Texas tiger mauling illustrates inadequacies of laws allowing people to keep dangerous wild animals as “pets”
Group calls for USDA investigation; both public safety and animal welfare at risk
Dallas, TX — The Animal Protection Institute (API), a national animal advocacy organization, is calling for a United States Department of Agriculture (USDA) investigation into the mauling of a man by a tiger at a Kaufman County business. Don Roberts, a worker at Zoo Dynamics, a business that provides exotic animals for public exhibition, was severely mauled by a Bengal tiger who had scaled a reported 12- to 18-foot fence to attack.
This tragic incident highlights the problems associated with the private ownership of exotic animals in the U.S. API’s recent investigation into this issue is the most thorough on record and exposes disturbing risks to public safety and animal welfare at federally-licensed facilities across the nation. Zoo Dynamics is not an accredited sanctuary, it is a for-profit business whose web site advertises providing “very hard to maintain animals” for photo sessions, special events, and even school programs.
“API’s investigation shows that the few regulations of private ownership of exotic animals that do exist fail to protect people from the dangers these animals pose, and do little to protect the welfare of the animals themselves,” says Michelle Thew, Chief Executive Officer of API. “These wild animals do not belong in our homes or neighborhoods. How many more tragedies have to occur before action is taken to put an end to the private ownership of exotic animals?”
This incident is one of hundreds that prove wild animals are not “tame” just because they are kept on a leash or in a cage. The natural instinct of a Bengal tiger is to stalk and, after a surprise attack, chase down its prey — exactly the circumstances of this case. API’s recent investigation documented owners of big cats noting this danger:
“The big cats pick out the smallest person in a crowd and then they think, you know, that’s the one I’m going for because that one will be easier to catch and then they focus on that person. They never take their eyes off. Y’know, we were teasing our daughter all the time that if she’s not good we’re going to throw her in with [the cougar].” (Owner of USDA-licensed facility in Ohio and representative of an organization that actively lobbies against banning the ownership of exotic cats)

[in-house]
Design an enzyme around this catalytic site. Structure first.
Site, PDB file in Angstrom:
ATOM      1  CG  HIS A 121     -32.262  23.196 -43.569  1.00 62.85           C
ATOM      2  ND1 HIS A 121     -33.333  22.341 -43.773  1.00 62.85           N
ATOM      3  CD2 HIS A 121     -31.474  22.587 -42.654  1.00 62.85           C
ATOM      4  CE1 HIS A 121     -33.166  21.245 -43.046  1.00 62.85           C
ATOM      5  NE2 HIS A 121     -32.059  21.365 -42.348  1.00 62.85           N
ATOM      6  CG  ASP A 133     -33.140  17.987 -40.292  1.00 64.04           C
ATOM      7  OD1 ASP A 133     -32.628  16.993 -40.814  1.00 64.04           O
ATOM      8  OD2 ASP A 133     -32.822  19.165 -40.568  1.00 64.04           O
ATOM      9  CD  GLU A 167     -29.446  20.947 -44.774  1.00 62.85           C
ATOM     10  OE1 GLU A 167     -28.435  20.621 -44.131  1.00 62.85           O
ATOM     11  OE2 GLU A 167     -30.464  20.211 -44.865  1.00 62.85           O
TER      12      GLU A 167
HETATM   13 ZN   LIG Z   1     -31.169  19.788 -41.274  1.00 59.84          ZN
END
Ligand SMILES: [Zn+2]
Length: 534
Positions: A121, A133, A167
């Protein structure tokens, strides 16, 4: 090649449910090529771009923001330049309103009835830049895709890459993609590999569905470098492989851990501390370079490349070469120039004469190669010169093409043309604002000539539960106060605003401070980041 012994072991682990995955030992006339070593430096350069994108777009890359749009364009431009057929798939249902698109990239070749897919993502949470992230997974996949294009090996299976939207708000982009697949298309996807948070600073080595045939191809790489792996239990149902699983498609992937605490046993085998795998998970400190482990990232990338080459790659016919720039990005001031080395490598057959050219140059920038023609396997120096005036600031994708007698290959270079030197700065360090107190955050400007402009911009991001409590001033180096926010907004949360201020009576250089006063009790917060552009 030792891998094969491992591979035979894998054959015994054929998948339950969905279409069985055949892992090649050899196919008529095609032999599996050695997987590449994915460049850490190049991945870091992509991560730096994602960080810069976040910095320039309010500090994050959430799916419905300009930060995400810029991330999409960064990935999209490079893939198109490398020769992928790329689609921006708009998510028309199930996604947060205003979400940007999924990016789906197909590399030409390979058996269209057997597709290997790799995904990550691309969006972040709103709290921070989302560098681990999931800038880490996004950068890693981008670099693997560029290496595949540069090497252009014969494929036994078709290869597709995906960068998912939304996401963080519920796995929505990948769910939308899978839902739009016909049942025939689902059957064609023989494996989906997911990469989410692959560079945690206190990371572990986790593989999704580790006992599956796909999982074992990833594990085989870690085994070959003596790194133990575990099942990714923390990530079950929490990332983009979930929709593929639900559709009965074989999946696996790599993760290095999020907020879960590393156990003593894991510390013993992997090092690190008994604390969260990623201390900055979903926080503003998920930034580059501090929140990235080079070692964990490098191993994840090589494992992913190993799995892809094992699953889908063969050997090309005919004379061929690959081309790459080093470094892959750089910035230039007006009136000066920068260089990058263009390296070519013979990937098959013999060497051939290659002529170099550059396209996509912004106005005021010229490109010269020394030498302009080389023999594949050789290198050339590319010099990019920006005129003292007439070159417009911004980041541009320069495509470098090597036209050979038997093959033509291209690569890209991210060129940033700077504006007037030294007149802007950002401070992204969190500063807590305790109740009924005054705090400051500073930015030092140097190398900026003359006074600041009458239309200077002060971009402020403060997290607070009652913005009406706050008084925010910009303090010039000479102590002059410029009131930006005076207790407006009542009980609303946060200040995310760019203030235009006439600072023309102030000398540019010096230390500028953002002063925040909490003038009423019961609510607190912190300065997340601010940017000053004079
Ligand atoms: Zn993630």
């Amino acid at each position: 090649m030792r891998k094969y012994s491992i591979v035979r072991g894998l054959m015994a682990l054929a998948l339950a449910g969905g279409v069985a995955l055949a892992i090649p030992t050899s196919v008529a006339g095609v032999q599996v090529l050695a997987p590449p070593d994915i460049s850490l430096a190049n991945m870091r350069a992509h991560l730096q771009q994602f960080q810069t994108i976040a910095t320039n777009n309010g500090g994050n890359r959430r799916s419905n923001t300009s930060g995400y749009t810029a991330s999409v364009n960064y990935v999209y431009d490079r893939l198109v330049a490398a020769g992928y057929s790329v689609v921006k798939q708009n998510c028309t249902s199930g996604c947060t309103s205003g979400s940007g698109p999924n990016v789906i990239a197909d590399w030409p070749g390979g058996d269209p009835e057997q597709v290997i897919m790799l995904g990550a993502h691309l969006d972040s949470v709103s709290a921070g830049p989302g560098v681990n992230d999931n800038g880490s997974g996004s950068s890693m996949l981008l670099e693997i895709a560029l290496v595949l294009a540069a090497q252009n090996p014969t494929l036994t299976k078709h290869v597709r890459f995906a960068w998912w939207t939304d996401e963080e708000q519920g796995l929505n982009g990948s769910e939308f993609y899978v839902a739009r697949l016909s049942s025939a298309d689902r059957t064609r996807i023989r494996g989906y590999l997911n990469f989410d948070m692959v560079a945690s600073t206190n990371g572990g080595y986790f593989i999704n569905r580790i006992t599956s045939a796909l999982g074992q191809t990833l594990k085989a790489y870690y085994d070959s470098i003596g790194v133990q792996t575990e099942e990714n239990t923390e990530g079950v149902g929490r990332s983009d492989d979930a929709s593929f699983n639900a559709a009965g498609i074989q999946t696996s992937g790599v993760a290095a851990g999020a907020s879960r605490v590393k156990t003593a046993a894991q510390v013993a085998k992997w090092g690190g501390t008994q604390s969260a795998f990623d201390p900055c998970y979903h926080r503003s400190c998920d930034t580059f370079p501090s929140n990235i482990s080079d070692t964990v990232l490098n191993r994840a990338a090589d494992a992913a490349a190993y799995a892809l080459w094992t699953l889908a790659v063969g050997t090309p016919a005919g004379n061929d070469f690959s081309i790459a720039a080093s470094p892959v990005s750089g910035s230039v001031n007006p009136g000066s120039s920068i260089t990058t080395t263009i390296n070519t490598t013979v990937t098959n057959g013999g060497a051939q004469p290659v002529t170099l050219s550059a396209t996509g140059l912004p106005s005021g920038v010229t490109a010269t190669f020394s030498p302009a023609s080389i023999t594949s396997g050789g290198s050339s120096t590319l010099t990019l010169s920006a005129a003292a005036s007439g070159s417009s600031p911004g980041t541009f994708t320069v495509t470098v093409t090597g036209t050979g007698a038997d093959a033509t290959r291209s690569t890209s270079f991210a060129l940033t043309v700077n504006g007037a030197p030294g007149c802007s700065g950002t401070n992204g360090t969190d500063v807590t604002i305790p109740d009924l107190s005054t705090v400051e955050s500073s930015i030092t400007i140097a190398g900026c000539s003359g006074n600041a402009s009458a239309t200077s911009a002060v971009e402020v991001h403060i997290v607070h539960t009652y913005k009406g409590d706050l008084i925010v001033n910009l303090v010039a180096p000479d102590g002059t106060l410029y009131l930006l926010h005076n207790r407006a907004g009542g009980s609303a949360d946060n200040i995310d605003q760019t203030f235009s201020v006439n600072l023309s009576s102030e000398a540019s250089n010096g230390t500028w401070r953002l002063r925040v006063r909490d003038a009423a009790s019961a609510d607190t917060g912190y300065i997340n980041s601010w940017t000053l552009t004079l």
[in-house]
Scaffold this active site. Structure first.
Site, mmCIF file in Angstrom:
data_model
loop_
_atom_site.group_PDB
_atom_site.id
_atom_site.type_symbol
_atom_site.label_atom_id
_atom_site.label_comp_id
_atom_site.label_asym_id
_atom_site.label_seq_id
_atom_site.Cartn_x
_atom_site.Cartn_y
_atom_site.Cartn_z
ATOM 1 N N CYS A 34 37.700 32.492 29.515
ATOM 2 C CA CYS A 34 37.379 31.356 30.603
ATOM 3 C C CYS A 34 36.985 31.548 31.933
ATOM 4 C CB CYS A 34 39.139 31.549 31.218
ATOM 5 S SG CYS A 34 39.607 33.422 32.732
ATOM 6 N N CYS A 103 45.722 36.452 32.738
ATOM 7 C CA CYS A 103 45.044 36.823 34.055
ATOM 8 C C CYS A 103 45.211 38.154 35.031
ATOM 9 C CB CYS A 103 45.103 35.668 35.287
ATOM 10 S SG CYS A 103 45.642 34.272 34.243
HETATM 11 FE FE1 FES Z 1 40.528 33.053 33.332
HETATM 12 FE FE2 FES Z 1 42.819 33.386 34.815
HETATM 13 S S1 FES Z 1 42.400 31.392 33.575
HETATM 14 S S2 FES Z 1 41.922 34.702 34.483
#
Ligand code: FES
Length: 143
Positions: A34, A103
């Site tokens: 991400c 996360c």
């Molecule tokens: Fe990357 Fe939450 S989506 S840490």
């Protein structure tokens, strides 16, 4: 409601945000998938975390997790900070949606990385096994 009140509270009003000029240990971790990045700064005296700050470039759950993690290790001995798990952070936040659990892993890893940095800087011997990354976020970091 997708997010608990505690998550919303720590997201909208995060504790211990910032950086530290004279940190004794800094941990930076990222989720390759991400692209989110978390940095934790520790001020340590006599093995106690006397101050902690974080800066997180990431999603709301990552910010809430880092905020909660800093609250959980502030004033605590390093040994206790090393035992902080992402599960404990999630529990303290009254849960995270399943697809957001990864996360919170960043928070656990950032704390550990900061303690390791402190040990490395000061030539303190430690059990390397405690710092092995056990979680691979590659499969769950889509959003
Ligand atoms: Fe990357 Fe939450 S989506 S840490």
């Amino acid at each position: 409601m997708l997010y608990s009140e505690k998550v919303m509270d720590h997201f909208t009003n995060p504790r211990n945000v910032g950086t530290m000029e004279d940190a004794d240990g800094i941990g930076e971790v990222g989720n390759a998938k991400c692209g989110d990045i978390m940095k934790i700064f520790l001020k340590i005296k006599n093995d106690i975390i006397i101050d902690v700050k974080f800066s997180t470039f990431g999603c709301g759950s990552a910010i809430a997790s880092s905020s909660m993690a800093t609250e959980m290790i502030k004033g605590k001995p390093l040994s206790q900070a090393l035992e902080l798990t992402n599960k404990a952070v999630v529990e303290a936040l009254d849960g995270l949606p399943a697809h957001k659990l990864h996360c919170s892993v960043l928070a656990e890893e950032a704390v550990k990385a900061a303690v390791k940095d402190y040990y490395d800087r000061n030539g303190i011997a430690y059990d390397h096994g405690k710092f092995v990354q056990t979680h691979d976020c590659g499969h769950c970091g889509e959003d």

Zoo Dynamics is licensed by the USDA and its fencing appears to be in compliance with USDA and Animal Welfare Act (AWA) requirements. Marcus Cook, a Zoo Dynamics spokesperson, is also a board member of the Feline Conservation Foundation, a group that lobbies on behalf of private ownership of exotic animals. This shows that even individuals who claim to be “experts” do not have the capability to control these dangerous animals and that the current regulations put in place by the AWA are inadequate.
“This is a truly unfortunate incident but not one that should cause any surprise — we’re talking about dangerous wild animals, not domesticated animals,” says Thew. ”We ask that the USDA immediately investigate this incident and use the tragedy of this man’s unnecessary, and serious, injury to significantly strengthen the laws protecting these animals, the people who keep them, and the public put at risk by them.”
API is a national nonprofit animal advocacy organization working to end animal cruelty and exploitation through legislation, litigation, and public education. API is a leader in the campaign to end the private ownership of exotic animals and has played a key role in state and local efforts to prohibit the possession of such animals. API also manages a Primate Sanctuary outside San Antonio, TX, currently home to more than 400 primates, many of whom were rescued from abusive or exploitative private ownership situations. For more information, visit www.api4animals.org.
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Zibby Wilder, Animal Protection Institute (API), 916-447-3085 x205